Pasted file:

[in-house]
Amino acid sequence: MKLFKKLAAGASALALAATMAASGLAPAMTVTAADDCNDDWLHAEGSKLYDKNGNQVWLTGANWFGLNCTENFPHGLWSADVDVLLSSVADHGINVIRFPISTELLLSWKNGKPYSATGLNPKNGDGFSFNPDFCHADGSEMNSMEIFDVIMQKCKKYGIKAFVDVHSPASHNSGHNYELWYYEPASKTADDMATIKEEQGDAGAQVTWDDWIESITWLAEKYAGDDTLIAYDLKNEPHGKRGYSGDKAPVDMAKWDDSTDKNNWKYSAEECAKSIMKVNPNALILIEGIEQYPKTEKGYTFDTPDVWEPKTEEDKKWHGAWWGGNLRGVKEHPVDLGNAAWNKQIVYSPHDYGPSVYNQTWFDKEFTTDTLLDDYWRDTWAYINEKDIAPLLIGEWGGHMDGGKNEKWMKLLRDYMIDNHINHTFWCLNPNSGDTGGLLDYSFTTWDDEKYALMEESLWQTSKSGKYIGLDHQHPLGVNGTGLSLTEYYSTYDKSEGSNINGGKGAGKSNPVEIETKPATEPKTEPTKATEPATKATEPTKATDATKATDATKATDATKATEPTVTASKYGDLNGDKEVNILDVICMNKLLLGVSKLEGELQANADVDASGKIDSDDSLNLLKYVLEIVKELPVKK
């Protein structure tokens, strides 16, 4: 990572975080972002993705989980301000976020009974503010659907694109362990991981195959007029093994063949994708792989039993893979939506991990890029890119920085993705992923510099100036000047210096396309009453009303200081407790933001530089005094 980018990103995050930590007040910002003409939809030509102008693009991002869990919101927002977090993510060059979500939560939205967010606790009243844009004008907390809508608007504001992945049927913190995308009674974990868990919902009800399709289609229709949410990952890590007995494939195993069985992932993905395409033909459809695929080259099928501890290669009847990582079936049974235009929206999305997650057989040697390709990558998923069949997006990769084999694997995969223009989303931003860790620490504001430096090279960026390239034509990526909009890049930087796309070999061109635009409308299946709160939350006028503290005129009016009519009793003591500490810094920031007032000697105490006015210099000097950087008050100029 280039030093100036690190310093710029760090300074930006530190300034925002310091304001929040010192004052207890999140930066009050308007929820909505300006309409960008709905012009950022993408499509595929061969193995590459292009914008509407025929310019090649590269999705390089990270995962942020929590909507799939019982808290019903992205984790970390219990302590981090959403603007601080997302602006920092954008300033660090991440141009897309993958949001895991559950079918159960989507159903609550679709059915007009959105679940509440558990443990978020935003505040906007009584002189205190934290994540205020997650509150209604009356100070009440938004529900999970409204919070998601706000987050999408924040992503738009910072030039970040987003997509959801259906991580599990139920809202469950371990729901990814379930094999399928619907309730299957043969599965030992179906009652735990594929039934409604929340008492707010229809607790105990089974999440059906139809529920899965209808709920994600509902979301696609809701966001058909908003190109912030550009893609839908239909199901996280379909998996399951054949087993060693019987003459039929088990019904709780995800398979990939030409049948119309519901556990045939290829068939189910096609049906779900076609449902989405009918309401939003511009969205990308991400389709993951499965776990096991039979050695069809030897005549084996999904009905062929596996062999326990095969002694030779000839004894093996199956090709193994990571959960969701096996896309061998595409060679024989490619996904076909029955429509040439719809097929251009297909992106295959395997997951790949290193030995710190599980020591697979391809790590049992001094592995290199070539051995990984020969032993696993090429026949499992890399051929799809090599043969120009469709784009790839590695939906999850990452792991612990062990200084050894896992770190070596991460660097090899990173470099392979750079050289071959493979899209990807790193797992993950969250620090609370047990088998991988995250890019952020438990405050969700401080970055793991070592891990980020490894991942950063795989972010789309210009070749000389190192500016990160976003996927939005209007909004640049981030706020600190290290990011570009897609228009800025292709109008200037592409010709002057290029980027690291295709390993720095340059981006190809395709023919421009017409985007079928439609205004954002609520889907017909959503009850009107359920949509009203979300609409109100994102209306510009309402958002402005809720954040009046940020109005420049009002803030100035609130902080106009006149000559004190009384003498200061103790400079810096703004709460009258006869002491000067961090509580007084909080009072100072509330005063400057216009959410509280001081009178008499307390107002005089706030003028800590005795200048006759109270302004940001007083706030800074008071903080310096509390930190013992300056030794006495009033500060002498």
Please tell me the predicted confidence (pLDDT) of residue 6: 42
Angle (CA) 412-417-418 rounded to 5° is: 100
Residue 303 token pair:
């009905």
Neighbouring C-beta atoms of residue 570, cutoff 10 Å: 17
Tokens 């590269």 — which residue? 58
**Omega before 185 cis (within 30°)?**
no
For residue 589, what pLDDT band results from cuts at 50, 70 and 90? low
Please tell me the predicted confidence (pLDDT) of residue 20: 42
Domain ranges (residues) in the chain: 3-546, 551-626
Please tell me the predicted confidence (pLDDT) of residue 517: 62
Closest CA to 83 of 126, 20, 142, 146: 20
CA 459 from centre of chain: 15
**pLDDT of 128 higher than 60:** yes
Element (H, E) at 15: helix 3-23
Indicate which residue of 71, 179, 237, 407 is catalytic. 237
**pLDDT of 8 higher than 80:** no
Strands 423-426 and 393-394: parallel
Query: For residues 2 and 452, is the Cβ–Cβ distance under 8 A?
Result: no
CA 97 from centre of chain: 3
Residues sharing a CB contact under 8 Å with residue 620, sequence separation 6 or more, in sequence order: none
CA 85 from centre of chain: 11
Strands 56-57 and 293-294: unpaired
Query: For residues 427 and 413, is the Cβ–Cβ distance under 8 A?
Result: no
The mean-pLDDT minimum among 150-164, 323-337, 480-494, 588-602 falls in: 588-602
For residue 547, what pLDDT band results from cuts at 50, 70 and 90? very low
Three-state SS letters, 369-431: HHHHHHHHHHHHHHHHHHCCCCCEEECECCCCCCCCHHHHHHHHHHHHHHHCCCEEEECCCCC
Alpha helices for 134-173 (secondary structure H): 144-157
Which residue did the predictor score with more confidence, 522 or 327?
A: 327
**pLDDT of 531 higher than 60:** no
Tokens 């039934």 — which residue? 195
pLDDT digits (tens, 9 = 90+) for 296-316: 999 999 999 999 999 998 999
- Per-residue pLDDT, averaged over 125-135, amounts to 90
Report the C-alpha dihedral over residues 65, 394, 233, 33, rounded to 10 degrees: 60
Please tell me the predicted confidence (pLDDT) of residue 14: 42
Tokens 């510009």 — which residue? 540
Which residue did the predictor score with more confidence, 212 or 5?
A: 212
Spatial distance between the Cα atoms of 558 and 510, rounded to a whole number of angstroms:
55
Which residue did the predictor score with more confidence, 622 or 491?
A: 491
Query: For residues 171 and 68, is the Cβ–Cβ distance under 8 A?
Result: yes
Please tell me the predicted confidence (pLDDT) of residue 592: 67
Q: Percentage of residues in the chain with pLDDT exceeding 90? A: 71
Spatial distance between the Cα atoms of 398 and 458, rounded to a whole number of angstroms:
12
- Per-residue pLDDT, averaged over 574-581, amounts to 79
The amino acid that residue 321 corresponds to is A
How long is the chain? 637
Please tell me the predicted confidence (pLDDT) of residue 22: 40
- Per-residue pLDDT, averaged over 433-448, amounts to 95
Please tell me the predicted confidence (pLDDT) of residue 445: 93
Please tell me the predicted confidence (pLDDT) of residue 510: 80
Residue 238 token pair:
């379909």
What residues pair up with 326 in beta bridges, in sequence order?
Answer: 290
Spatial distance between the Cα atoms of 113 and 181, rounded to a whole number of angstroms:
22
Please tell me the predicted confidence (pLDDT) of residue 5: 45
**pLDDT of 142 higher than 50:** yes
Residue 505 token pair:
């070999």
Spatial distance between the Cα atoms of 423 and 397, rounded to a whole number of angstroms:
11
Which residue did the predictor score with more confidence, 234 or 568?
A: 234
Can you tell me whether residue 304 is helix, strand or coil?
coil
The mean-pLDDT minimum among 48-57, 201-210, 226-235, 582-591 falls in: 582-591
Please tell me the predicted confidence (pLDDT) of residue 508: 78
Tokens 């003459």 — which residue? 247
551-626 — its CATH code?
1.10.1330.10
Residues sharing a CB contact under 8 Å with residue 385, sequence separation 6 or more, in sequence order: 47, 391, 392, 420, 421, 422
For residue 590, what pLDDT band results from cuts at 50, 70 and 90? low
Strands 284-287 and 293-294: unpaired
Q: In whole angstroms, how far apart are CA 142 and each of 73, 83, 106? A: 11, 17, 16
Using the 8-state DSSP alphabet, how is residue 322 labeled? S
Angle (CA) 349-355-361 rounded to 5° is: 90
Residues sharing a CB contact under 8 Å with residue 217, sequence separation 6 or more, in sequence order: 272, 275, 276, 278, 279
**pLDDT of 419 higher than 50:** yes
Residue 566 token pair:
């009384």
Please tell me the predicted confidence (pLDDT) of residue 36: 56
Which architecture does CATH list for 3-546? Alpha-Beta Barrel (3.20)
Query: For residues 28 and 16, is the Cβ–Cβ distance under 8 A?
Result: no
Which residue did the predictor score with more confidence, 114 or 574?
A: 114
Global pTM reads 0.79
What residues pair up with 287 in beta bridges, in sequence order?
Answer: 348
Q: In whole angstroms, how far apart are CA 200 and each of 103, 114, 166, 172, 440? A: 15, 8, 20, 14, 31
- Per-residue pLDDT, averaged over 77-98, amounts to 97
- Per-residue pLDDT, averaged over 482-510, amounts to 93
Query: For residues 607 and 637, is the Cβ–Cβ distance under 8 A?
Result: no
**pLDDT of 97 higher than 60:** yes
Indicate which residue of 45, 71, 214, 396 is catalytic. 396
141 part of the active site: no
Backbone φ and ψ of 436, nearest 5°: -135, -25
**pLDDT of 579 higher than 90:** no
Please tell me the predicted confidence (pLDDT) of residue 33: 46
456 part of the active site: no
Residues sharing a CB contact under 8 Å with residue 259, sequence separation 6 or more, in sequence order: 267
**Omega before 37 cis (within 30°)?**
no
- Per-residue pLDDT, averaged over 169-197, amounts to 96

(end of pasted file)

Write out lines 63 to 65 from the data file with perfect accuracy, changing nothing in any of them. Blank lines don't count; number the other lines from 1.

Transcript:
Residue 238 token pair:
């379909």
What residues pair up with 326 in beta bridges, in sequence order?